As the new year begins, many of us take stock of our past and plan for the future. As a business owner, it can be easy to get caught up in daily tasks and neglect long-term planning for your its succession. However, it's essential to consider the impact and legacy you want your business to have in the future. If you want to make a positive difference for future generations, consider using a new, lesser-known planning tool called the purpose trust.
A traditional trust is a legal agreement between three parties: the grantor, trustee, and beneficiary. The grantor funds the trust with financial or property assets, and the trustee manages these assets according to the terms of the trust, for the benefit of designated beneficiaries. A charitable trust is an exception, as it is created for a charitable purpose but does not have specifically designated beneficiaries. Recently, some states have introduced the concept of noncharitable purpose trusts, also known as purpose trusts.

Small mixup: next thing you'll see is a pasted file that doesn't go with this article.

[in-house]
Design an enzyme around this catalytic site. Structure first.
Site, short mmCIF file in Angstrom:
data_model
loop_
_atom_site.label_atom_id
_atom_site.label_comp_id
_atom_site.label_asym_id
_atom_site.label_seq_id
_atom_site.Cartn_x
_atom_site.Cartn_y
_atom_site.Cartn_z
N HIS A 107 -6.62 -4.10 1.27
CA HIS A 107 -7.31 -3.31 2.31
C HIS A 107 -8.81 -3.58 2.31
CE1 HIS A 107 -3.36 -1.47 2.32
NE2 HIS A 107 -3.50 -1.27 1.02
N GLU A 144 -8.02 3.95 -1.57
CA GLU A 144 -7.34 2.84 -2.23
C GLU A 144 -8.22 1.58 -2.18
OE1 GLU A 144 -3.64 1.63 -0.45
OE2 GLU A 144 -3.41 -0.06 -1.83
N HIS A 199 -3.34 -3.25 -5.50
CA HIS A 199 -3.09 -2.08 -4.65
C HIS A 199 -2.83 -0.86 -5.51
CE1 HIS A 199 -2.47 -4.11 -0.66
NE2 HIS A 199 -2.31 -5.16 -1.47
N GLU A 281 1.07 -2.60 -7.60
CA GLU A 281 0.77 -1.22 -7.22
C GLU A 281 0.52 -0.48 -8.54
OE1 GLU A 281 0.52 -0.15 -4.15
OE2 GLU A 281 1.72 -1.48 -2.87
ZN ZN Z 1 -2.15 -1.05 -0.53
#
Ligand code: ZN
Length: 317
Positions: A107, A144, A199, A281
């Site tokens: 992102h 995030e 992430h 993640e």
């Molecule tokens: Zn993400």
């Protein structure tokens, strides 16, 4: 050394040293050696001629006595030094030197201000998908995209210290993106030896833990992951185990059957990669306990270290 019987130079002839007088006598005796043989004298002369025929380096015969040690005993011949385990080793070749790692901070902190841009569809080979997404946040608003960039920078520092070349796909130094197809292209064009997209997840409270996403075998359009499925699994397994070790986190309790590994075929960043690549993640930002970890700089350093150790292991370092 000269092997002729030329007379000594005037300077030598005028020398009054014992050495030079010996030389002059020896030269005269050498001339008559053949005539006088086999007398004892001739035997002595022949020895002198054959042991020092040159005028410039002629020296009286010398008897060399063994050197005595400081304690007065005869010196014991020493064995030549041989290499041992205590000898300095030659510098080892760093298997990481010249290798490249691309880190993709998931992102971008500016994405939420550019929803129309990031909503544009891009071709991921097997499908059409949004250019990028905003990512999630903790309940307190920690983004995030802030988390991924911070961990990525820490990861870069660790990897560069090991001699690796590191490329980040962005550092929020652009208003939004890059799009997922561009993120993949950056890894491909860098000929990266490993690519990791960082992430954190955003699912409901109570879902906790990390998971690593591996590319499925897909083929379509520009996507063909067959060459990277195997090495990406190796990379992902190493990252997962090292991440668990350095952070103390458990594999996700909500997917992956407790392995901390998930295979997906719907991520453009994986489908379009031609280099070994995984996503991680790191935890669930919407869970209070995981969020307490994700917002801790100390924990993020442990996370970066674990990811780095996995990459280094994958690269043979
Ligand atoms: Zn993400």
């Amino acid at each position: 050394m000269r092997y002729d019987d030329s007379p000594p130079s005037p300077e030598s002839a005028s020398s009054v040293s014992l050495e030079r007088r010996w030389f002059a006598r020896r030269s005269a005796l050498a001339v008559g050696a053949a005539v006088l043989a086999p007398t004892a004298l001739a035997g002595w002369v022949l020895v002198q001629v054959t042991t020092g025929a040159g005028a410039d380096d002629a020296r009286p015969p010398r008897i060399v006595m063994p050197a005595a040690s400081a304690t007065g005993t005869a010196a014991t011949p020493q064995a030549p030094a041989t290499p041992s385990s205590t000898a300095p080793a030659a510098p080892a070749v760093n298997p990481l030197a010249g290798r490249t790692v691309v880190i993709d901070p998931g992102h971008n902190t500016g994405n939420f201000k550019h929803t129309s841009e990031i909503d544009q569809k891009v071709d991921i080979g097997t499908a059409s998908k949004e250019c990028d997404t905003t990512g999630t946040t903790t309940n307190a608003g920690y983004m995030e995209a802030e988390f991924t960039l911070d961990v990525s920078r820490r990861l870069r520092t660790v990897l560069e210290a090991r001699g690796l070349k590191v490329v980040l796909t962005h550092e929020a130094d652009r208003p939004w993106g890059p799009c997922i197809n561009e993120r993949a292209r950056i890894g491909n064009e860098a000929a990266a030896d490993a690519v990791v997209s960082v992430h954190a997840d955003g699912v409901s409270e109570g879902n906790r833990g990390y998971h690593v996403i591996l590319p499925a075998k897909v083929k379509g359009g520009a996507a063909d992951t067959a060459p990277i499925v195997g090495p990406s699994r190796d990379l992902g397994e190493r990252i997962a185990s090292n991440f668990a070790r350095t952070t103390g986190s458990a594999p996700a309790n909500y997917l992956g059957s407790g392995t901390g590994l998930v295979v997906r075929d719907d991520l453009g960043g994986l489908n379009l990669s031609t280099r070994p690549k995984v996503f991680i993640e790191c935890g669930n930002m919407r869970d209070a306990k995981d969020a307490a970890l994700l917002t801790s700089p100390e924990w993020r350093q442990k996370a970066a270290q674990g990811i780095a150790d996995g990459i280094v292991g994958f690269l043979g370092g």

These trusts can be established for most lawful purposes, as long as they are reasonable and do not violate public policy. However, in some states, they can only be used for specific purposes such as pet care or grave site maintenance. To ensure that the trustee carries out the grantor's stated purpose, the grantor must appoint an independent “enforcer” who can petition the court if duties outlined in the trust are not performed. A trust protector can also be appointed to modify the trust if necessary, for example, to add beneficiaries or modify the jurisdiction where the trust is effective. The goal of a purpose trust is not primarily to minimize taxes or transfer wealth efficiently (though this can be achieved), but to ensure that the grantor's purpose is fulfilled.